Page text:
In early January 2017, both NASA and the National Oceanic and Atmospheric Administration (NOAA) released separate reports, both with the same conclusion: 2016 was the hottest year on record (you can access the full NOAA report here). Scientists have been monitoring temperatures since 1880 and have since observed a worrying pattern of increasing global temperatures, a trend which has yet to show any signs of slowing. Last year, the global average temperature was 0.94 degrees Celcius (1.69 degrees Fahrenheit) higher than the average for the 20th century. But nowhere else are the effects of climate change as clearly visible as the Arctic Ocean, because while it may be one of the coldest places on Earth, according to the most recent NOAA report on the region, it’s also warming the fastest.
Degrees in Celsius above or below the average for the 20th century as a whole, excluding years before 1900. NOAA
Rising Temperatures in the Arctic
The Arctic Circle encompasses a vast frozen ocean, the edges of which annually thaw and refreeze with the changing seasons. For millions of years, ice has been a constant feature of our planet’s distal poles, sequestering much of Earth’s water in massive glaciers and keeping sea levels relatively low. But as our planet begins to warm due to the industrial and agricultural emissions of carbon dioxide and methane caused by humans, the Arctic is beginning to melt.
Warming roughly three times as fast as the rest of the planet, the Arctic circle has experienced a 3.5 degree Celcius increase in temperature since the beginning of the 20th-century, and last year was no exception. In fact, winter air temperatures in the month of January last year were in some places eight degrees Celcius above the normal average. As a result, the Arctic Ocean had the least amount of ice scientists directly observed since they starting monitoring it via satellite imagery in 1979.
Less Ice Means More Heat
As the ice recedes, retreating further and further north, solar radiation that was once reflected back into space due to the high albedo effect of ice is now warming an increasing amount of water, and the radiant heat this creates further exacerbates both regional and global warming.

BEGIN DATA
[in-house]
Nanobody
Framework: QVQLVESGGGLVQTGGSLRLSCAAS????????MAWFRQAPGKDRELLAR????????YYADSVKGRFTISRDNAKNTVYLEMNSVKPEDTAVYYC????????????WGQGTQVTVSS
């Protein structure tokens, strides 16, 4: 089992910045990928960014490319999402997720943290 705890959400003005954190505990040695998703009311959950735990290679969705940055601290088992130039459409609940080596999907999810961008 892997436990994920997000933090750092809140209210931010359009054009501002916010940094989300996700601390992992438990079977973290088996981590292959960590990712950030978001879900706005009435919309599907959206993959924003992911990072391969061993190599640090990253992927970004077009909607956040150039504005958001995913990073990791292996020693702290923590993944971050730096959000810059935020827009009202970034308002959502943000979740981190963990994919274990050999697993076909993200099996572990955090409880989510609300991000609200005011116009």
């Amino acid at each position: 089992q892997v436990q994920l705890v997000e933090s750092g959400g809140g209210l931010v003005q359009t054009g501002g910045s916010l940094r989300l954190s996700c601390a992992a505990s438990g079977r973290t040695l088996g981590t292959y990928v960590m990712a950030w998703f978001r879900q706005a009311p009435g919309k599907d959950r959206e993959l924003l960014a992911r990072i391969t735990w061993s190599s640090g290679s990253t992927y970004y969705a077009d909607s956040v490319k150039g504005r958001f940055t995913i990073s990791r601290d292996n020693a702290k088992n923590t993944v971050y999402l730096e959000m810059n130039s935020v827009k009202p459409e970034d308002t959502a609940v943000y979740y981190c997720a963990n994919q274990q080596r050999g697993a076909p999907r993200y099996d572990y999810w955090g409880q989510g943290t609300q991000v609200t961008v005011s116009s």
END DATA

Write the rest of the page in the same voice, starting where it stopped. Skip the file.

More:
But one of the biggest dangers lies dormant beneath the ice. The Arctic’s permafrost holds a vast amount of dead organic matter, mostly plant roots that are a remnant of warmer times. The ice has kept the organic matter from decaying, but the permafrost is beginning to thaw as well as the ocean, releasing both carbon dioxide and methane as bacteria start breaking down the ancient remains of these plants. Between 1,330 and 1,580 billion tons of organic carbon is currently locked away in the Arctic, which is approximately twice as much as the amount currently in our atmosphere. This creates a dangerous feedback loop in which, the more the climate warms, the more greenhouse gases are dispersed into the atmosphere.
But besides the obvious repercussions, this will have on global temperatures and sea levels, there are also more nuanced threats we’ve begun to observe in remote corners of the world. A recent heat wave in Russia is currently believed to have thawed the decades-old remains of a deer infected with anthrax, which quickly spread to local wildlife and residents, sparking an epidemic. Other diseases, like smallpox and the bubonic plague, are also known to be frozen in the tundra of Siberia.
What YOU Can Do
This news comes at a critical time of transition in the United States, as President Trump nominates officials that are openly hostile to environmental regulations and who repeatedly reject scientific data showing the relationship between industrial carbon emissions and our warming climate.
Not even a full week into the presidency, the president’s cabinet has banned scientists from the Department of Agriculture from disseminating scientific information and has ordered the Environmental Protection Agency to freeze money going toward grants and contracts, as well as an order that restricts employees from talking to the press. It now seems that plans to build both the Keystone and Dakota Access Pipelines, which had been stalled by former President Obama and the U.S. Army Corp of Engineers respectively, are now eminent, as President Trump signed executive orders that open the way for their continued construction.
These changes make it more important than ever for individuals to strenuously advocate for environmental protection by voting and writing your local legislators and to take what small steps we can to ensure that the planet we leave for the next generation isn’t in worse condition than the one we inherited.
You can make a difference by choosing to walk or bike to work rather than driving, seeking out recycling bins for plastic waste, and even being mindful of the impact of your choices. But there is also another solution that can have an enormously positive impact for the planet: changing the way you eat.
The animal agriculture industry is responsible for around 14.5 percent of the global greenhouse gas emissions – that is more than the entire transportation sector. By leaving meat off your plate, you can cut your carbon footprint in half – and choosing to swap out dairy and eggs too can have any even larger impact.
To learn more about how you can attack the problem of climate change with your fork and knife, join One green Planet’s #EatForThePlanet movement and together, we can save our planet.
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Lead image source: NASA Goddard Space Flight Center